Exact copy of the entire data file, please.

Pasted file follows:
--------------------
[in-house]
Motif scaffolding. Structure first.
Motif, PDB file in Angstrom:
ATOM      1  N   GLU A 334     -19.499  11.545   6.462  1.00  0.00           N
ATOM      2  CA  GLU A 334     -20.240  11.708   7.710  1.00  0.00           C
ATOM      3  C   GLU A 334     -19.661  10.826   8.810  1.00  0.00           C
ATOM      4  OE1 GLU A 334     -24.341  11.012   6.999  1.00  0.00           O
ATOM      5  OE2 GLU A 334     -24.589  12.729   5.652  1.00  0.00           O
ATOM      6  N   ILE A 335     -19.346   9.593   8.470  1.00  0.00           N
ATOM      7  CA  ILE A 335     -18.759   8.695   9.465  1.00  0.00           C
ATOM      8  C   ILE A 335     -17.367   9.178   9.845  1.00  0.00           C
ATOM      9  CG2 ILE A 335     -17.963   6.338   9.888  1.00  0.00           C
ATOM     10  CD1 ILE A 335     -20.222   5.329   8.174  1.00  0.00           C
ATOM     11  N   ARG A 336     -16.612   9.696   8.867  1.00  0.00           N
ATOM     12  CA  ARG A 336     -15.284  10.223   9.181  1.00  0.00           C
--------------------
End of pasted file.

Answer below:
[in-house]
Motif scaffolding. Structure first.
Motif, PDB file in Angstrom:
ATOM      1  N   GLU A 334     -19.499  11.545   6.462  1.00  0.00           N
ATOM      2  CA  GLU A 334     -20.240  11.708   7.710  1.00  0.00           C
ATOM      3  C   GLU A 334     -19.661  10.826   8.810  1.00  0.00           C
ATOM      4  OE1 GLU A 334     -24.341  11.012   6.999  1.00  0.00           O
ATOM      5  OE2 GLU A 334     -24.589  12.729   5.652  1.00  0.00           O
ATOM      6  N   ILE A 335     -19.346   9.593   8.470  1.00  0.00           N
ATOM      7  CA  ILE A 335     -18.759   8.695   9.465  1.00  0.00           C
ATOM      8  C   ILE A 335     -17.367   9.178   9.845  1.00  0.00           C
ATOM      9  CG2 ILE A 335     -17.963   6.338   9.888  1.00  0.00           C
ATOM     10  CD1 ILE A 335     -20.222   5.329   8.174  1.00  0.00           C
ATOM     11  N   ARG A 336     -16.612   9.696   8.867  1.00  0.00           N
ATOM     12  CA  ARG A 336     -15.284  10.223   9.181  1.00  0.00           C